Will a former furniture factory become a symbol of El Sereno’s biotech future?

The future home of HATCH, a home for bio tech startups

EL SERENO — The opening of a few art spaces and studios over the years on Alhambra Avenue stirred up talk of an “arts corridor” forming in this strip of old factories and auto repair shops. But now another vision is emerging for this busy El Sereno street: biotech.

Urbanize L.A. reports that a developer is working to transform a 1930s furniture factory in the 5300 block of Alhambra into offices and labs for bio-tech startups that have outgrown their incubator space.

HATCH, as the development will be known, is among the first examples of properties being transformed to take advantage of the L.A. Bioscience Corridor.  It’s a swath of mostly industrial and commercial properties  along Valley Boulevard and Alhambra Avenue, roughly between Cal State L.A. in El Sereno and the USC Health Science campus in El Sereno.

The corridor is being championed by L.A. Bioscience Hub, a group dedicated to supporting and promoting the bioscience industry in the area.  The organization sees opportunity in the many old, neglected and relatively small industrial and commercial buildings that dot the area:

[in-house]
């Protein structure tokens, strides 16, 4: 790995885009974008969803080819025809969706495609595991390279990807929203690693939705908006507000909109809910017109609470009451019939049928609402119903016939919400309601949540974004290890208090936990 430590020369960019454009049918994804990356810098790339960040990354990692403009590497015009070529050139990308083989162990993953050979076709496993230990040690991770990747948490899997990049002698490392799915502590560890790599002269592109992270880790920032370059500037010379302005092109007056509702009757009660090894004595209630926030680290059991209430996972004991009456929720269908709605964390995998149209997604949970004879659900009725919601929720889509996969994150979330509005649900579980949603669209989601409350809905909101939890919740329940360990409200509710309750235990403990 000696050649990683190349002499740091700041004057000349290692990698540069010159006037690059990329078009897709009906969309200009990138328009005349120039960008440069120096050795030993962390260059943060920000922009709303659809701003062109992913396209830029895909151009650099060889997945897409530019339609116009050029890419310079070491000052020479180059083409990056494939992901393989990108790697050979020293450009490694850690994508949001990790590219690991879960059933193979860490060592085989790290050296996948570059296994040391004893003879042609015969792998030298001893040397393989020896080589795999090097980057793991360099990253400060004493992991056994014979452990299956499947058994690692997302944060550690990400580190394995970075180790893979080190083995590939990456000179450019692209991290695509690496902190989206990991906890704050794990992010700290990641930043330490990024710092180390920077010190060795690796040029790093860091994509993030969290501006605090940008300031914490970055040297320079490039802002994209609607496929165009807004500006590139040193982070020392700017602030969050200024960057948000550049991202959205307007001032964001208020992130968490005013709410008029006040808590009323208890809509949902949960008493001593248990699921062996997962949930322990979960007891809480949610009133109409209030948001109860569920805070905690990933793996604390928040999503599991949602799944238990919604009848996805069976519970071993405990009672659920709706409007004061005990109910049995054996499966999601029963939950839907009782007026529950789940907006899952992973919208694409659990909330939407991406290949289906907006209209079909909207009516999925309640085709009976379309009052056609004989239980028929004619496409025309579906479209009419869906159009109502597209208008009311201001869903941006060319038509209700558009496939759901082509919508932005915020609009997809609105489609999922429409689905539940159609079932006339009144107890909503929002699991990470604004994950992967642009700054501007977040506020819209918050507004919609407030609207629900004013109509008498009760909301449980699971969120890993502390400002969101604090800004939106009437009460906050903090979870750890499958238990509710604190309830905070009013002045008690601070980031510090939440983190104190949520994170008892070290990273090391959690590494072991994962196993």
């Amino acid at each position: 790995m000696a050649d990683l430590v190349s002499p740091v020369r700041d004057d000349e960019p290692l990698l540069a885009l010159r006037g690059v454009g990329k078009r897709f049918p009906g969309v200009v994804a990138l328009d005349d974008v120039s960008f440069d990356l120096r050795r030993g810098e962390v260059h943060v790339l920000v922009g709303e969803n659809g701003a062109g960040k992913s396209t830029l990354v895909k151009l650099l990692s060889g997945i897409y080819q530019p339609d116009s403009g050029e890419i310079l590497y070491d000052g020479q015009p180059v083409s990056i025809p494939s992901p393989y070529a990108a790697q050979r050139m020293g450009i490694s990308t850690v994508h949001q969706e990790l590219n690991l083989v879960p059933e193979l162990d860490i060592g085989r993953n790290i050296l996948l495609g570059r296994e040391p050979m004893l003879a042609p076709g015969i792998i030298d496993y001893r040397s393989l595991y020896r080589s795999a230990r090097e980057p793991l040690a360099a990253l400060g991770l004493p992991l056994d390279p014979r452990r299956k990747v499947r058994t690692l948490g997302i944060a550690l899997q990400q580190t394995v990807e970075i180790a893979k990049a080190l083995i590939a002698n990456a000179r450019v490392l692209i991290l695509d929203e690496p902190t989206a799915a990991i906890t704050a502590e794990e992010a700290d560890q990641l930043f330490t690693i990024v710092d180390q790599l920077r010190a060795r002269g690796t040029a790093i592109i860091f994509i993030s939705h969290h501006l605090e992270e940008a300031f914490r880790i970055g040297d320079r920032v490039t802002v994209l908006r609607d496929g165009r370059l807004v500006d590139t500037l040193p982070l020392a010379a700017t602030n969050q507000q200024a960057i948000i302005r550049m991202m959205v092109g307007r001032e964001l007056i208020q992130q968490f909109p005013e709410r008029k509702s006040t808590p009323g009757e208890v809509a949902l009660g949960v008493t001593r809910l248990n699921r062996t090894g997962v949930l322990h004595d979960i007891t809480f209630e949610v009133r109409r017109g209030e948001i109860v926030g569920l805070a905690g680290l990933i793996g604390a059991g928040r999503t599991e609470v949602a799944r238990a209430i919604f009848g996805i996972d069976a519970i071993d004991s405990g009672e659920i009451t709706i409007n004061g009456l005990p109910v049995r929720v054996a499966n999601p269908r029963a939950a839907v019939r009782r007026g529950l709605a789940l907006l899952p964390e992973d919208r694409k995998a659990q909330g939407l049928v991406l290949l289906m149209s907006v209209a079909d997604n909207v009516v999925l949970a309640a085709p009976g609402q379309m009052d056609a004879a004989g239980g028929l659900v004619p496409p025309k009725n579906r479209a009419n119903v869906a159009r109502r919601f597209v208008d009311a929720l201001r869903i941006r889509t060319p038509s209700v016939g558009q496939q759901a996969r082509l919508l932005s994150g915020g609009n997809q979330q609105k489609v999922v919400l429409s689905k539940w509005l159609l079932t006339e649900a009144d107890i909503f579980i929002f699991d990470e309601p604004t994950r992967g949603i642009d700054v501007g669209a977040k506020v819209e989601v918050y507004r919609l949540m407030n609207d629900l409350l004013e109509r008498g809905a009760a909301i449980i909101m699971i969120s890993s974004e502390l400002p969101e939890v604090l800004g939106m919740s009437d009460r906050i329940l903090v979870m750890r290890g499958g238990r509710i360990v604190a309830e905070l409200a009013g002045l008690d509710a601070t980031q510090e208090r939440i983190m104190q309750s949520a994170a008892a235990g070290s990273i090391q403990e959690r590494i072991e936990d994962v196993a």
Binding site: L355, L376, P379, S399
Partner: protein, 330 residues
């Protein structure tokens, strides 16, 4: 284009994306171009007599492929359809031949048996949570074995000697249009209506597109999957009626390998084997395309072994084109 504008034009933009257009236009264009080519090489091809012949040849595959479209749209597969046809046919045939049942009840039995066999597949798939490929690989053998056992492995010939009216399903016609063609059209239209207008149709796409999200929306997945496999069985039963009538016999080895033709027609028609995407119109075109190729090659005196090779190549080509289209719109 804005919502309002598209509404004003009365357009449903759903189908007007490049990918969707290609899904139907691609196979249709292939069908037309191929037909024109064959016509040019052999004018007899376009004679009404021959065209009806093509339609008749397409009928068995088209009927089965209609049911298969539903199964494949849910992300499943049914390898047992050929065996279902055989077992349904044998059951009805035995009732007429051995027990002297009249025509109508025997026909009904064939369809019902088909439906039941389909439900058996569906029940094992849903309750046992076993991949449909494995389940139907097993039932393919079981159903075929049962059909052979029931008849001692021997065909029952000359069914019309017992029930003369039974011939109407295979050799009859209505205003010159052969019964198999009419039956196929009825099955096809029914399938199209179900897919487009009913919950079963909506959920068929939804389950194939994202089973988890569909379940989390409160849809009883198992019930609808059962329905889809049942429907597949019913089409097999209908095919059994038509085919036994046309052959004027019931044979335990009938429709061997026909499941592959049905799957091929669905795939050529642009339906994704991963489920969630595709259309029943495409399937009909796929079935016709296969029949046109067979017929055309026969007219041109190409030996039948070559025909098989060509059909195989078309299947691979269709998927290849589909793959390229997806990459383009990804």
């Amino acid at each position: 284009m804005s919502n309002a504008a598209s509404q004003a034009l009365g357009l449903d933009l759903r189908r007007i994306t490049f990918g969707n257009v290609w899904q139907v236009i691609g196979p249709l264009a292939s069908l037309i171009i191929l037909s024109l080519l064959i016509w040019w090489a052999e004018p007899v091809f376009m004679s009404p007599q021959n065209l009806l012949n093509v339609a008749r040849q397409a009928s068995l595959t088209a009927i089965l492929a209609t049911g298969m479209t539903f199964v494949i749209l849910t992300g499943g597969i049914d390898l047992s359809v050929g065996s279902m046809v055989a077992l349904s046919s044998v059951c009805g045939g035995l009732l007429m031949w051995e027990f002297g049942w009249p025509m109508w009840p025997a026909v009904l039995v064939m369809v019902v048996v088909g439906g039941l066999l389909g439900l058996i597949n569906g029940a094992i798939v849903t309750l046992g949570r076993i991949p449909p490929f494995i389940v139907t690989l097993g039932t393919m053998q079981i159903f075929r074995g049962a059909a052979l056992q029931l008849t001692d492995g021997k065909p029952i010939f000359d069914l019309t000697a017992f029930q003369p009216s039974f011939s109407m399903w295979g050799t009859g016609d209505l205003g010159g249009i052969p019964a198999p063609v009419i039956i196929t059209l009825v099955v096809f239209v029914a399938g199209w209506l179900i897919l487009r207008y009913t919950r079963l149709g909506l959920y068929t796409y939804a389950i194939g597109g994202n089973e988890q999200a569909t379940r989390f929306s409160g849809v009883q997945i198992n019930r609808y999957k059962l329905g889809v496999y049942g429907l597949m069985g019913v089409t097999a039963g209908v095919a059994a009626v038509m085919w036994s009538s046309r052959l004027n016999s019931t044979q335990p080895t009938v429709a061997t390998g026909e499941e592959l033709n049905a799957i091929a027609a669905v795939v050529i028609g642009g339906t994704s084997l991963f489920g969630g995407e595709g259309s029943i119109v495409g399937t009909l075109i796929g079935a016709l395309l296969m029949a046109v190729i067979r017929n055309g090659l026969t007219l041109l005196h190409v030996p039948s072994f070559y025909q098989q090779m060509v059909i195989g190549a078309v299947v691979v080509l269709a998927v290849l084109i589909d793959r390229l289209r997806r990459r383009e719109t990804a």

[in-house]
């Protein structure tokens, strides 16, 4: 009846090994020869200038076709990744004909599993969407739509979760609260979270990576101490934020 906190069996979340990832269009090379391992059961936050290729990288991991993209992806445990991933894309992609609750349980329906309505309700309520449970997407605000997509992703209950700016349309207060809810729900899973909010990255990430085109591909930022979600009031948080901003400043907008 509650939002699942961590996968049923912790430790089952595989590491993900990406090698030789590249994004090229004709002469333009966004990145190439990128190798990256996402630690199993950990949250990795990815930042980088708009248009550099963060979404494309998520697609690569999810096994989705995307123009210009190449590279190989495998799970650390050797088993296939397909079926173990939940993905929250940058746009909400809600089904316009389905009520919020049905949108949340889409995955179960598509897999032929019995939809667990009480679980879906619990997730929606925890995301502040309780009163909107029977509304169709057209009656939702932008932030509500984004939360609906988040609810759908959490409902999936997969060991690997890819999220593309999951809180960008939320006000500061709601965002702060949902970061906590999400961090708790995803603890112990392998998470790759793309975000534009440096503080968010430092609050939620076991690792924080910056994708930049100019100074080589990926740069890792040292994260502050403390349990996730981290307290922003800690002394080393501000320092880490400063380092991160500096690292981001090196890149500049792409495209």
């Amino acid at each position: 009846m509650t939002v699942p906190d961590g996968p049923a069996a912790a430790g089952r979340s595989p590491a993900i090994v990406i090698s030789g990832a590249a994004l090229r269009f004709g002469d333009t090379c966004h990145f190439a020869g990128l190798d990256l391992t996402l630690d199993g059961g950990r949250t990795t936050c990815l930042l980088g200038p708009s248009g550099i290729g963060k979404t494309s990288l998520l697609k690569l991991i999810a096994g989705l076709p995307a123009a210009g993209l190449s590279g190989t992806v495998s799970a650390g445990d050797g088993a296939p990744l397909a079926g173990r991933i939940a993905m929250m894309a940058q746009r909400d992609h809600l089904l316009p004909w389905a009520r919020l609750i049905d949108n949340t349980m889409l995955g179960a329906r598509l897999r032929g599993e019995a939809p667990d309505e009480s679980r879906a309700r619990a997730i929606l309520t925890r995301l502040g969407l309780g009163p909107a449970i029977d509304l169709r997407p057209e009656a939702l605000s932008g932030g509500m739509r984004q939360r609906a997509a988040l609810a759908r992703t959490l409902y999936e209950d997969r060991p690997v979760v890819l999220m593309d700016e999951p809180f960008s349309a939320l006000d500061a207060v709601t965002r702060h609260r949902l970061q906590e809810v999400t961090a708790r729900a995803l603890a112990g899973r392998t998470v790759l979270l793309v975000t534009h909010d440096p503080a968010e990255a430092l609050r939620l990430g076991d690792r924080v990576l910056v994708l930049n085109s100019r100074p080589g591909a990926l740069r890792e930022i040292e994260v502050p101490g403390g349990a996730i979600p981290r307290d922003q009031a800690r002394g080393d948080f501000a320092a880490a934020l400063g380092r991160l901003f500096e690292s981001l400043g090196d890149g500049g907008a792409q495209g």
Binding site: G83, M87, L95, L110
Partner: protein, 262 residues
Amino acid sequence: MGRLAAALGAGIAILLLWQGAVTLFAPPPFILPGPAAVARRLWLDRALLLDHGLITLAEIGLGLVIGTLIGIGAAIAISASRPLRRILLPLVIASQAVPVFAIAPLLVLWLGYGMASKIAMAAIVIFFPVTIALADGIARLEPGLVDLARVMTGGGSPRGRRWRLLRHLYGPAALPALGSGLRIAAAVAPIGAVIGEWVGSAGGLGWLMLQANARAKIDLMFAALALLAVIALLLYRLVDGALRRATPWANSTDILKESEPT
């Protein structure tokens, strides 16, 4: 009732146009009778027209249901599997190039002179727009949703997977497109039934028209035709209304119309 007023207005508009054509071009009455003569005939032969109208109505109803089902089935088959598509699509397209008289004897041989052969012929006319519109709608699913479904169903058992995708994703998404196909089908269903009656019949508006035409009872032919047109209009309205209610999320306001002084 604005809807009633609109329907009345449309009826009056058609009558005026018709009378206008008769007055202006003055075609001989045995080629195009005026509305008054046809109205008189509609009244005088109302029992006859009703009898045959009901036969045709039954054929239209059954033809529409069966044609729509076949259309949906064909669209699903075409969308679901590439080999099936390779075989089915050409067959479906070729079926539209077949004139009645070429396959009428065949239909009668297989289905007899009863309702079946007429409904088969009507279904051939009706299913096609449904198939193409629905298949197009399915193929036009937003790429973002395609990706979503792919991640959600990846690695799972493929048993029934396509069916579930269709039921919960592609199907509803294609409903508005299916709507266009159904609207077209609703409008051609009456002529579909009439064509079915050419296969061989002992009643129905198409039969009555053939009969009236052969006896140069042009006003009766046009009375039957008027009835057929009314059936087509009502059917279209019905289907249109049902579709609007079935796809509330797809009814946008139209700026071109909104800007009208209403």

“Industrial properties in Los Angeles are hard to come by, but the LA Bioscience Corridor offers readily available space for everything from start-ups to first-stage firms looking for space to show proof of concept or scale-up production. Currently, many of the properties in the Corridor, particularly along Valley Boulevard, are underutilized and primed for repositioning to service Los Angeles’ growing biomedical industry.”

But converting these older buildings to attract biotech firms goes beyond just exposing brick walls and polishing concrete floors. As the developers of HATCH found out, creating office and lab space suitable for biotech tenants is more complicated than a traditional real estate renovation.

“Our research needs to be deeper than direct comparable sales and current market rents, which simply don’t exist,”  real estate investor Allan Glass told Urban Land magazine.

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